The Trilateral Initiative: A Model For The Future?


The Trilateral Initiative: A Model For The Future?

Thomas E. Shea

Those seeking to design a system for verifying the dismantlement of nuclear weapons do not have to start from a blank slate. They can benefit a great deal from building on the experience of the Trilateral Initiative. This was a six-year (1996-2002) effort to develop a verification system under which Russia and the United States could submit classified forms of weapons-origin fissile material to International Atomic Energy Agency (IAEA) verification and monitoring in a irreversible manner and for an indefinite period of time.

Russia and the United States needed a new system because the IAEA's normal safeguards system, designed to prevent peaceful nuclear materials and facilities from being used for military purposes, is not set up to cope with nuclear materials still tied to weapons programs or with inspections at locations that have or had such programs. The initiative sought to broaden the items that could be brought under IAEA monitoring to include any classified items containing plutonium or highly enriched uranium, including nuclear warheads, warhead components, pits, or secondaries. The initiative also sought to ensure that these would be permanently safeguarded, unlike material submitted to IAEA monitoring under existing voluntary agreements. In 1993, for example, the United States had submitted 10 metric tons of highly enriched uranium and two metric tons of plutonium to voluntary IAEA safeguards, but this material could have been withdrawn at will.

Moreover, the methods and the overall framework had to be designed to protect classified information and to ensure that both countries met their obligations under Article I of the nuclear Nonproliferation Treaty (NPT). Under that article, nuclear-weapon states-parties to the NPT are prohibited from assisting, encouraging, or inducing any non-nuclear-weapon state to manufacture or otherwise acquire nuclear weapons or other nuclear explosive devices, and this obligation logically extends to the IAEA or any other multilateral entity. Therefore, the IAEA recognized that its access would be restricted so as to prevent nuclear secrets from leaking out.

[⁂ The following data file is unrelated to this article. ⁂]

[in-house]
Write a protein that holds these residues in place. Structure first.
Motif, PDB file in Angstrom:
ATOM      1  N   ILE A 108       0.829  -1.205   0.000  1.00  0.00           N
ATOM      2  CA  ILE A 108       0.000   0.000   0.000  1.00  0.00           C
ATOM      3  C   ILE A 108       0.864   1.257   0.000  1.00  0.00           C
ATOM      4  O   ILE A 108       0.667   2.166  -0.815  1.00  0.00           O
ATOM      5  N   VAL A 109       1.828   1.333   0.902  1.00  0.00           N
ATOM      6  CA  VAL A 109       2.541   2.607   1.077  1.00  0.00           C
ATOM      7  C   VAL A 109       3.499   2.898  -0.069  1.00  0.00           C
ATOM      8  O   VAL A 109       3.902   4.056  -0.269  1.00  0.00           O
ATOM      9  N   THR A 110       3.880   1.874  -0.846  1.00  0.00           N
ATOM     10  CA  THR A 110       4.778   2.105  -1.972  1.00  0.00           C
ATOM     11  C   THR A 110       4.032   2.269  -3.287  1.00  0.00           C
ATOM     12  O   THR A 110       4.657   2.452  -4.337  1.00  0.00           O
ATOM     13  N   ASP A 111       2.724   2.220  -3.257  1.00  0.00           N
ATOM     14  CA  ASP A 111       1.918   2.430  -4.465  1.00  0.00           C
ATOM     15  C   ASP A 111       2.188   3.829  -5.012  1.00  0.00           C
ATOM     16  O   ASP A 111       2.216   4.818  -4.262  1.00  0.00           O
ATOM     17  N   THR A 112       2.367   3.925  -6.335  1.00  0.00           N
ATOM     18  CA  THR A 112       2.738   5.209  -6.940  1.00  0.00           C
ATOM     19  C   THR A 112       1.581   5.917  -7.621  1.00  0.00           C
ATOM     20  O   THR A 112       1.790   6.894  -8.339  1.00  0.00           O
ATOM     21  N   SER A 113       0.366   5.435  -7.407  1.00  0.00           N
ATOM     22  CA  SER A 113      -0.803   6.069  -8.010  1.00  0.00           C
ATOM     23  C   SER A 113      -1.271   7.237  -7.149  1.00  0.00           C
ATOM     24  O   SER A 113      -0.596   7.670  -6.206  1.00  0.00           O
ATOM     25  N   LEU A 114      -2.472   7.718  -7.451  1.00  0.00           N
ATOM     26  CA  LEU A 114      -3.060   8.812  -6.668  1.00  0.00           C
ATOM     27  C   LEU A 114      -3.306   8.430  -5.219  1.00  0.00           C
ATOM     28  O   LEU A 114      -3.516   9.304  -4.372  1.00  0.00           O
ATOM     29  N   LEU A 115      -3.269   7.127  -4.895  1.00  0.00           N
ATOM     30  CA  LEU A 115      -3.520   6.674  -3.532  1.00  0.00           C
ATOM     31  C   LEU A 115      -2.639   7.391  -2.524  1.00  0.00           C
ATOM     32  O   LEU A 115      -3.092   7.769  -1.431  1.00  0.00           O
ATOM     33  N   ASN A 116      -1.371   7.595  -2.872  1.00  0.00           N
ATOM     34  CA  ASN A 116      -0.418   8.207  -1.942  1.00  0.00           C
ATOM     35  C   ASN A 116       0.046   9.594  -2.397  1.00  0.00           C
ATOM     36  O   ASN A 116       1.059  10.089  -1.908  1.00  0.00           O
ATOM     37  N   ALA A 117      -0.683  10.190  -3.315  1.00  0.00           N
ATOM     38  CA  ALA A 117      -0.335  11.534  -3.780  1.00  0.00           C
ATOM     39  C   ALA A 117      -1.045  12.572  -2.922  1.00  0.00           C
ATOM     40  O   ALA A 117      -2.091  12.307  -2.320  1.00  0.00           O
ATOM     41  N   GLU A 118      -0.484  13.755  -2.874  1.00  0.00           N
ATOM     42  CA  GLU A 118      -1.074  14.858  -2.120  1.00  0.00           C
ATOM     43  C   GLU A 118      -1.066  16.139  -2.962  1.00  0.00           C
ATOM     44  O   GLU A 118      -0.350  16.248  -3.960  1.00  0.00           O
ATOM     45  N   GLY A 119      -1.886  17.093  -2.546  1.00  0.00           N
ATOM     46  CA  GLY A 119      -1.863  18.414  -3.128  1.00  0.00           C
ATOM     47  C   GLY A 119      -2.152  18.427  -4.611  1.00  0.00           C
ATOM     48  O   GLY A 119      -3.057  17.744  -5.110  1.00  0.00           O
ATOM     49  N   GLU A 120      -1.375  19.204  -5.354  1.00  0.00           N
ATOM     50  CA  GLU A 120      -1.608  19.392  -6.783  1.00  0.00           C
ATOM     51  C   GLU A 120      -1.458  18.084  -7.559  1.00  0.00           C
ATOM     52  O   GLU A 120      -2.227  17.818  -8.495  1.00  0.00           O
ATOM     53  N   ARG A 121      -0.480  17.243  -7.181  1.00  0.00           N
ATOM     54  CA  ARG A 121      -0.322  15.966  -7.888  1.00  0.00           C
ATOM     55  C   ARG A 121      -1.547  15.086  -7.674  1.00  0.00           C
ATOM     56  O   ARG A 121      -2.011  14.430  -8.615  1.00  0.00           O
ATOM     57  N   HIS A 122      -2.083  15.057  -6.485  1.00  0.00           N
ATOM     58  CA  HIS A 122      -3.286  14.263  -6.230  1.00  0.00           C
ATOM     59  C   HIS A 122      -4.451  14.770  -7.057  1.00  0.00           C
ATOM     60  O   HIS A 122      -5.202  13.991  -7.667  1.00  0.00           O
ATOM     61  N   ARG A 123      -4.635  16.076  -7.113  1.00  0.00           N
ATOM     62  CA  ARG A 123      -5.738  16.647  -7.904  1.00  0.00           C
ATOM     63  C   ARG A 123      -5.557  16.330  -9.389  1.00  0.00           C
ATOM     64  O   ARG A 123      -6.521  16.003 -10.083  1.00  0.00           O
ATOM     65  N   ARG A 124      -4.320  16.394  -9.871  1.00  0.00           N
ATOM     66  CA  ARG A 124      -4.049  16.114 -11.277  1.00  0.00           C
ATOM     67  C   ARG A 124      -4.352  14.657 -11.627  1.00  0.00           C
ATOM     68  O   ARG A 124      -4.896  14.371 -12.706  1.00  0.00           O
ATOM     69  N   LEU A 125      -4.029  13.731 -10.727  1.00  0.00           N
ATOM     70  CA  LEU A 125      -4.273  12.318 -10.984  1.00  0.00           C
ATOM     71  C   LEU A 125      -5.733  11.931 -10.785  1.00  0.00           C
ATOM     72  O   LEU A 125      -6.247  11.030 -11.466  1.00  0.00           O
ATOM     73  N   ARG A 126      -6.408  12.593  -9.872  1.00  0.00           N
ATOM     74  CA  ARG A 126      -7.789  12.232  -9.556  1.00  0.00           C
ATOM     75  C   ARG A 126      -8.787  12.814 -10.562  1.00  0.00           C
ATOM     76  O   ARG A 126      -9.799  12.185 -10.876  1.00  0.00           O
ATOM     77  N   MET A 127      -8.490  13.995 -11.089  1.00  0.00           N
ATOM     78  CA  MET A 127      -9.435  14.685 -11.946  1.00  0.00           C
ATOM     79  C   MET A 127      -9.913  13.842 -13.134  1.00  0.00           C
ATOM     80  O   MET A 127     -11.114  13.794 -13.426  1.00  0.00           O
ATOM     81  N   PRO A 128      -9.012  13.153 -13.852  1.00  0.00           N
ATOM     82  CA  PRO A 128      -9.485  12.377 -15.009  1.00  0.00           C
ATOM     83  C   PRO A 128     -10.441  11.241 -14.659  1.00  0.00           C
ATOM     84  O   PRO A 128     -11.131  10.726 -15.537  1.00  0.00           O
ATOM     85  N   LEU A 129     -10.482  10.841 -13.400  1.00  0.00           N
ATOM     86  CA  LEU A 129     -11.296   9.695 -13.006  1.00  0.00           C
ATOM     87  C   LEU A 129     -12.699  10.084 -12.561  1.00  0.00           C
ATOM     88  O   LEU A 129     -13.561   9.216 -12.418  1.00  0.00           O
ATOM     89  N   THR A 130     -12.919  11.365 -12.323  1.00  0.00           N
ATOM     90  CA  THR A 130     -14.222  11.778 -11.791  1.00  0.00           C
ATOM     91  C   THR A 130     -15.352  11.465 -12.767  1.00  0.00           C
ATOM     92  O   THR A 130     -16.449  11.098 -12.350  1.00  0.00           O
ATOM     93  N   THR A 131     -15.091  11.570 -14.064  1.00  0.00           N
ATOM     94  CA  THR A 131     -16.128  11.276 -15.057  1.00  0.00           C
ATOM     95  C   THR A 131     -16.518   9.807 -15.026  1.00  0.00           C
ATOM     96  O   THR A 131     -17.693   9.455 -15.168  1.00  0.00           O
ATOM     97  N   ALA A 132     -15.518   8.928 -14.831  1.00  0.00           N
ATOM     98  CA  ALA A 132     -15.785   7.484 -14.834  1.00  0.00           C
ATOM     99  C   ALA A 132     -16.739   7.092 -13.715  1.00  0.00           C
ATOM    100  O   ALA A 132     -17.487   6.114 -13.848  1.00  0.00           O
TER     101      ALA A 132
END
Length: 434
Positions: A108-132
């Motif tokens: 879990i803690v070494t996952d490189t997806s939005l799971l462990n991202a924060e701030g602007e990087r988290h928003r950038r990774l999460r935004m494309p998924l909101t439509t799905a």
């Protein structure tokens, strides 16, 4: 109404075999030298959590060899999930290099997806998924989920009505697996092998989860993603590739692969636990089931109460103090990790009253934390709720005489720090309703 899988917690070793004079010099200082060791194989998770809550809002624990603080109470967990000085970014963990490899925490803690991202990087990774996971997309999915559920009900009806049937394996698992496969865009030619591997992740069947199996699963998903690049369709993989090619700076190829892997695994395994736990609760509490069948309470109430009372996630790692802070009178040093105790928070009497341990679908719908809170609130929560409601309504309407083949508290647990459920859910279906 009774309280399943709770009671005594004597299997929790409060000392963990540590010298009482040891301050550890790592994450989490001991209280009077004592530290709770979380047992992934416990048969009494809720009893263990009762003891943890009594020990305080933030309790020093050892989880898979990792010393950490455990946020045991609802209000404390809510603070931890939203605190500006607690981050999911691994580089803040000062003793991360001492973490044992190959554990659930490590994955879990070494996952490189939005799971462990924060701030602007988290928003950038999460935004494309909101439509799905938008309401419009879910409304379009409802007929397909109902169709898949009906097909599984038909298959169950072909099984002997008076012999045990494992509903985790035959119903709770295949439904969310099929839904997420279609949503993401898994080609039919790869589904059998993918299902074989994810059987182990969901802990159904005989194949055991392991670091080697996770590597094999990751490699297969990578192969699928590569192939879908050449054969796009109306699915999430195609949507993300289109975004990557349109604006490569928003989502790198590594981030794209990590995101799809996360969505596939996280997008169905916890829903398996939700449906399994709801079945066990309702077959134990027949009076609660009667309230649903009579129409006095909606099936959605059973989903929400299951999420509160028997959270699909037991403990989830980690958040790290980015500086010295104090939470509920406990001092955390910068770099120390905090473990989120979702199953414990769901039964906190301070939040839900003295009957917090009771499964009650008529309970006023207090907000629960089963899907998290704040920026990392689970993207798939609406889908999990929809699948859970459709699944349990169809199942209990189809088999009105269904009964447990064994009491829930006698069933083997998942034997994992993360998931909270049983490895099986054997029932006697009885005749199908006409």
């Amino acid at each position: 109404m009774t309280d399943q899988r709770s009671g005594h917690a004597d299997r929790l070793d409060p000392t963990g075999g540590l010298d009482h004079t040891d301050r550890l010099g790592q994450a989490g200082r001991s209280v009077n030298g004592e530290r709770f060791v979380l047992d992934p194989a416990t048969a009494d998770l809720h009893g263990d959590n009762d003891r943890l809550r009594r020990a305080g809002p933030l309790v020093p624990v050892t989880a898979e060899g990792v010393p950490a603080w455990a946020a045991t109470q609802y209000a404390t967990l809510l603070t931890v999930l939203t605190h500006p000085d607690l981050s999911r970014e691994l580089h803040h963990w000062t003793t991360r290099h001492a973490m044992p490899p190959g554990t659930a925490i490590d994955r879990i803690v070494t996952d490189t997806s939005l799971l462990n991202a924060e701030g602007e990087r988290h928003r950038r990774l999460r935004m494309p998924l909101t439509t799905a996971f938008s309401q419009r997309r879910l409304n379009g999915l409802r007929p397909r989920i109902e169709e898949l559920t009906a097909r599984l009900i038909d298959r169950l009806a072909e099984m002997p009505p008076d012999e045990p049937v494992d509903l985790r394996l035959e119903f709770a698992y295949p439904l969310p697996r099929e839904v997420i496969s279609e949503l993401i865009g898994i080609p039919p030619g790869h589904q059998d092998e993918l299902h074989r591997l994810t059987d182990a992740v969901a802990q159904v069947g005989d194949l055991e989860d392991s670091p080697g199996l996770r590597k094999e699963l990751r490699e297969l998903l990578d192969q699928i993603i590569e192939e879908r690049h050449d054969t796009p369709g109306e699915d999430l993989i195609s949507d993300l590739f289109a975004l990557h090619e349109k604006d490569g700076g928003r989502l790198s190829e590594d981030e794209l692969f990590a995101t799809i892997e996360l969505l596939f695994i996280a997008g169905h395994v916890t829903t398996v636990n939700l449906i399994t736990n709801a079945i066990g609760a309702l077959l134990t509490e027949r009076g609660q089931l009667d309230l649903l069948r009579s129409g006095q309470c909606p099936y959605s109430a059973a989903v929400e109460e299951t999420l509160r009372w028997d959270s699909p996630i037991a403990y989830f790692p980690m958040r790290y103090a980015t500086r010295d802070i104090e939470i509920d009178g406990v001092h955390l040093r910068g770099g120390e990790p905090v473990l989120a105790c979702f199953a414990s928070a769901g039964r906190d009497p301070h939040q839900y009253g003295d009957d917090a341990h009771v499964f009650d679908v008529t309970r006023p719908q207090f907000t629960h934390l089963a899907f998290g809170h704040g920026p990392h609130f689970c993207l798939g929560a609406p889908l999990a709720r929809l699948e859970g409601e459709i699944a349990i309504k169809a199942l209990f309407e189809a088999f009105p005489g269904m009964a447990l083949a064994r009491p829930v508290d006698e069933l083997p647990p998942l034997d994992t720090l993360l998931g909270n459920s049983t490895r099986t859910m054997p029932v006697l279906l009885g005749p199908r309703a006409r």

Some of the early decisions reached under the initiative related to defining the nature and scope of verification so that it could be politically acceptable and provide sufficient confidence that disarmament was actually taking place. One decision involved the nature of the disarmament-related nuclear material that the countries would seek to verify. Four verification levels were considered:

Level 1: limit the initiative to accepting only unclassified materials, which would have removed those materials from reuse;

Level 2: accept classified forms of fissile material without attempting to establish that the forms actually represent nuclear warheads or components thereof;

Level 3: verify the fact that the items presented are in fact nuclear warheads or specified components thereof, including specific model identifications; or

Level 4: start with the dismantlement of weapon systems or subsequent stages so that the monitoring could attest to the removal of warheads from delivery systems.

For practical purposes, the parties decided that the initiative should aim for Level 2, which posed significant challenges but was considered to be achievable. Level 1 would not have required a new framework. Going to Level 3 would have presented far greater security concerns and challenges related to authenticating warhead templates that could be used by the IAEA. Level 4 would have been a simple extension of Level 3.[1]